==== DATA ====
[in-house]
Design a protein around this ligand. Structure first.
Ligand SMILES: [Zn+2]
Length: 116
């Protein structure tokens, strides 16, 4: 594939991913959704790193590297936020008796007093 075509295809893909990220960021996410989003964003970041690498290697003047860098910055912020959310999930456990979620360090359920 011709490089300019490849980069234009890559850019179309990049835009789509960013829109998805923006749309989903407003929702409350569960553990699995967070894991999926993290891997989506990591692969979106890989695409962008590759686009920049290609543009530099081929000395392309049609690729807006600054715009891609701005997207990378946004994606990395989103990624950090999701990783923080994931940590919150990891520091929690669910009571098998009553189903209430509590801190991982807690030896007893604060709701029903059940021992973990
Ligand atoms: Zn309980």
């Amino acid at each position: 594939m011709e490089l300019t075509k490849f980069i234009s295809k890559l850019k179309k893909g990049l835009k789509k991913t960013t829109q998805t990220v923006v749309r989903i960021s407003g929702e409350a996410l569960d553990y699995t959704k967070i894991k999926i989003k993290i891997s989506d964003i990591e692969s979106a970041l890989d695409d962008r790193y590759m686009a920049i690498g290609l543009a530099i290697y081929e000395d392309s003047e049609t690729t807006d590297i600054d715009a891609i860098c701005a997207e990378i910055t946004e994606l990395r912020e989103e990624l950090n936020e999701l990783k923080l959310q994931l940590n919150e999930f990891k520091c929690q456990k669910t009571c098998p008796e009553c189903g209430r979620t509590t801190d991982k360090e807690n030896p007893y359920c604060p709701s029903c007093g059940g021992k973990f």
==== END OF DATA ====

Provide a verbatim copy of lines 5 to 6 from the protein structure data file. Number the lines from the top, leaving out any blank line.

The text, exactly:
């Protein structure tokens, strides 16, 4: 594939991913959704790193590297936020008796007093 075509295809893909990220960021996410989003964003970041690498290697003047860098910055912020959310999930456990979620360090359920 011709490089300019490849980069234009890559850019179309990049835009789509960013829109998805923006749309989903407003929702409350569960553990699995967070894991999926993290891997989506990591692969979106890989695409962008590759686009920049290609543009530099081929000395392309049609690729807006600054715009891609701005997207990378946004994606990395989103990624950090999701990783923080994931940590919150990891520091929690669910009571098998009553189903209430509590801190991982807690030896007893604060709701029903059940021992973990
Ligand atoms: Zn309980």